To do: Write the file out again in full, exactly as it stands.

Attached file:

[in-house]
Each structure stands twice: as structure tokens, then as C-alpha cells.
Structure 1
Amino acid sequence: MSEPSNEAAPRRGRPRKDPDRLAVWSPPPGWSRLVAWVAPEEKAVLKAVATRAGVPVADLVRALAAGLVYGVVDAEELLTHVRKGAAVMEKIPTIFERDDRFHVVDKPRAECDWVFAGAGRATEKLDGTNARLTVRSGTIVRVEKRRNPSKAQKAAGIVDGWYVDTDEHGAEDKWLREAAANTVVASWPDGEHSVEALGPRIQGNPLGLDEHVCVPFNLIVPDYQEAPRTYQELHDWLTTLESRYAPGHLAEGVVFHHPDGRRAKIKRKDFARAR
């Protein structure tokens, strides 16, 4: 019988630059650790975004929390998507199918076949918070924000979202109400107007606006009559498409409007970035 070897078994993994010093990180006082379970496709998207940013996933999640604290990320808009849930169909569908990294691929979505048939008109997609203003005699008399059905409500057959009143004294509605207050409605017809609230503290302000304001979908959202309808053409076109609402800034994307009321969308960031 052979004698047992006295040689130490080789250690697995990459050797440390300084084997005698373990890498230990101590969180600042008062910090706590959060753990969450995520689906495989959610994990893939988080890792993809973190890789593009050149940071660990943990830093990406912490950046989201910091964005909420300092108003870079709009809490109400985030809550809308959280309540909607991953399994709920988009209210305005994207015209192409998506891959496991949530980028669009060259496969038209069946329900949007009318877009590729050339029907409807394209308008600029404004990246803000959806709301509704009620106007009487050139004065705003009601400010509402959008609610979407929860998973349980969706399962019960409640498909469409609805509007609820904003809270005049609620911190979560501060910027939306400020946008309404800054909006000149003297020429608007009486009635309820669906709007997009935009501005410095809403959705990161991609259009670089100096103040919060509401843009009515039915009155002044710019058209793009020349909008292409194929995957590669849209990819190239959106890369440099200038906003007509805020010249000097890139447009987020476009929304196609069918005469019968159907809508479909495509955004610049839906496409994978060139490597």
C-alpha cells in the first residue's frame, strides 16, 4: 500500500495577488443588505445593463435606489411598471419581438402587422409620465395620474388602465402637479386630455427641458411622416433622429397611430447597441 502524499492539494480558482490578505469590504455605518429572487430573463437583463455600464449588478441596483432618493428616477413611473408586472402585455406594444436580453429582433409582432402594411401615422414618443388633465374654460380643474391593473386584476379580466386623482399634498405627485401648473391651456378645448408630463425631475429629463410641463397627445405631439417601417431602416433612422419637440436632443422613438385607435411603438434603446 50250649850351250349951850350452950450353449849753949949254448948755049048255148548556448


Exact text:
[in-house]
Each structure stands twice: as structure tokens, then as C-alpha cells.
Structure 1
Amino acid sequence: MSEPSNEAAPRRGRPRKDPDRLAVWSPPPGWSRLVAWVAPEEKAVLKAVATRAGVPVADLVRALAAGLVYGVVDAEELLTHVRKGAAVMEKIPTIFERDDRFHVVDKPRAECDWVFAGAGRATEKLDGTNARLTVRSGTIVRVEKRRNPSKAQKAAGIVDGWYVDTDEHGAEDKWLREAAANTVVASWPDGEHSVEALGPRIQGNPLGLDEHVCVPFNLIVPDYQEAPRTYQELHDWLTTLESRYAPGHLAEGVVFHHPDGRRAKIKRKDFARAR
């Protein structure tokens, strides 16, 4: 019988630059650790975004929390998507199918076949918070924000979202109400107007606006009559498409409007970035 070897078994993994010093990180006082379970496709998207940013996933999640604290990320808009849930169909569908990294691929979505048939008109997609203003005699008399059905409500057959009143004294509605207050409605017809609230503290302000304001979908959202309808053409076109609402800034994307009321969308960031 052979004698047992006295040689130490080789250690697995990459050797440390300084084997005698373990890498230990101590969180600042008062910090706590959060753990969450995520689906495989959610994990893939988080890792993809973190890789593009050149940071660990943990830093990406912490950046989201910091964005909420300092108003870079709009809490109400985030809550809308959280309540909607991953399994709920988009209210305005994207015209192409998506891959496991949530980028669009060259496969038209069946329900949007009318877009590729050339029907409807394209308008600029404004990246803000959806709301509704009620106007009487050139004065705003009601400010509402959008609610979407929860998973349980969706399962019960409640498909469409609805509007609820904003809270005049609620911190979560501060910027939306400020946008309404800054909006000149003297020429608007009486009635309820669906709007997009935009501005410095809403959705990161991609259009670089100096103040919060509401843009009515039915009155002044710019058209793009020349909008292409194929995957590669849209990819190239959106890369440099200038906003007509805020010249000097890139447009987020476009929304196609069918005469019968159907809508479909495509955004610049839906496409994978060139490597």
C-alpha cells in the first residue's frame, strides 16, 4: 500500500495577488443588505445593463435606489411598471419581438402587422409620465395620474388602465402637479386630455427641458411622416433622429397611430447597441 502524499492539494480558482490578505469590504455605518429572487430573463437583463455600464449588478441596483432618493428616477413611473408586472402585455406594444436580453429582433409582432402594411401615422414618443388633465374654460380643474391593473386584476379580466386623482399634498405627485401648473391651456378645448408630463425631475429629463410641463397627445405631439417601417431602416433612422419637440436632443422613438385607435411603438434603446 50250649850351250349951850350452950450353449849753949949254448948755049048255148548556448